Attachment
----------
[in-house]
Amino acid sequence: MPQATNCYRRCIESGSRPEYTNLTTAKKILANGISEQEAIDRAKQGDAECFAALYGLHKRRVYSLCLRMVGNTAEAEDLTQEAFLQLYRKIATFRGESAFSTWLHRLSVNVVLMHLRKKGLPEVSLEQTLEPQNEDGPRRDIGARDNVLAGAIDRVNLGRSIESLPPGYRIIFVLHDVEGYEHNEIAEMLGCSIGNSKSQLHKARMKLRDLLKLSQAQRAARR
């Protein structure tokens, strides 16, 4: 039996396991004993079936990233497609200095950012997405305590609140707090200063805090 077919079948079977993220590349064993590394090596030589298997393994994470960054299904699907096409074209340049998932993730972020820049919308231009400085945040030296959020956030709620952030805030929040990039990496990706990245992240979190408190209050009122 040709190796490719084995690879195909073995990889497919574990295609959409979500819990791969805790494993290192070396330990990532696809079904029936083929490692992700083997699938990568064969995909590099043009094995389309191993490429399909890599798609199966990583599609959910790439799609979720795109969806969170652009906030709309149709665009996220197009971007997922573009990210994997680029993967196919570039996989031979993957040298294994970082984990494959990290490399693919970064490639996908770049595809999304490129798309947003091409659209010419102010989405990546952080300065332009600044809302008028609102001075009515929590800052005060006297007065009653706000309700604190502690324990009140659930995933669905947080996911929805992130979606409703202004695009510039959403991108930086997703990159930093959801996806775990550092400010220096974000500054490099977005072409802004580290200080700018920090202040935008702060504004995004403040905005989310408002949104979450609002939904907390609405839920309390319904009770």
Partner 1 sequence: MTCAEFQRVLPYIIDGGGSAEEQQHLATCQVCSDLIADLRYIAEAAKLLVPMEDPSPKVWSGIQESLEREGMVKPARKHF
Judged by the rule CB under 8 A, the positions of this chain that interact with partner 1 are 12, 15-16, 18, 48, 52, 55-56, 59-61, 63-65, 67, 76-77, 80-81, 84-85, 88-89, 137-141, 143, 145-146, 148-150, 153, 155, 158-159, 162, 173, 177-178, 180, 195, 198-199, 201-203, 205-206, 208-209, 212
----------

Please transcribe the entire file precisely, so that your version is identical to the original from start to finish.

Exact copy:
[in-house]
Amino acid sequence: MPQATNCYRRCIESGSRPEYTNLTTAKKILANGISEQEAIDRAKQGDAECFAALYGLHKRRVYSLCLRMVGNTAEAEDLTQEAFLQLYRKIATFRGESAFSTWLHRLSVNVVLMHLRKKGLPEVSLEQTLEPQNEDGPRRDIGARDNVLAGAIDRVNLGRSIESLPPGYRIIFVLHDVEGYEHNEIAEMLGCSIGNSKSQLHKARMKLRDLLKLSQAQRAARR
């Protein structure tokens, strides 16, 4: 039996396991004993079936990233497609200095950012997405305590609140707090200063805090 077919079948079977993220590349064993590394090596030589298997393994994470960054299904699907096409074209340049998932993730972020820049919308231009400085945040030296959020956030709620952030805030929040990039990496990706990245992240979190408190209050009122 040709190796490719084995690879195909073995990889497919574990295609959409979500819990791969805790494993290192070396330990990532696809079904029936083929490692992700083997699938990568064969995909590099043009094995389309191993490429399909890599798609199966990583599609959910790439799609979720795109969806969170652009906030709309149709665009996220197009971007997922573009990210994997680029993967196919570039996989031979993957040298294994970082984990494959990290490399693919970064490639996908770049595809999304490129798309947003091409659209010419102010989405990546952080300065332009600044809302008028609102001075009515929590800052005060006297007065009653706000309700604190502690324990009140659930995933669905947080996911929805992130979606409703202004695009510039959403991108930086997703990159930093959801996806775990550092400010220096974000500054490099977005072409802004580290200080700018920090202040935008702060504004995004403040905005989310408002949104979450609002939904907390609405839920309390319904009770």
Partner 1 sequence: MTCAEFQRVLPYIIDGGGSAEEQQHLATCQVCSDLIADLRYIAEAAKLLVPMEDPSPKVWSGIQESLEREGMVKPARKHF
Judged by the rule CB under 8 A, the positions of this chain that interact with partner 1 are 12, 15-16, 18, 48, 52, 55-56, 59-61, 63-65, 67, 76-77, 80-81, 84-85, 88-89, 137-141, 143, 145-146, 148-150, 153, 155, 158-159, 162, 173, 177-178, 180, 195, 198-199, 201-203, 205-206, 208-209, 212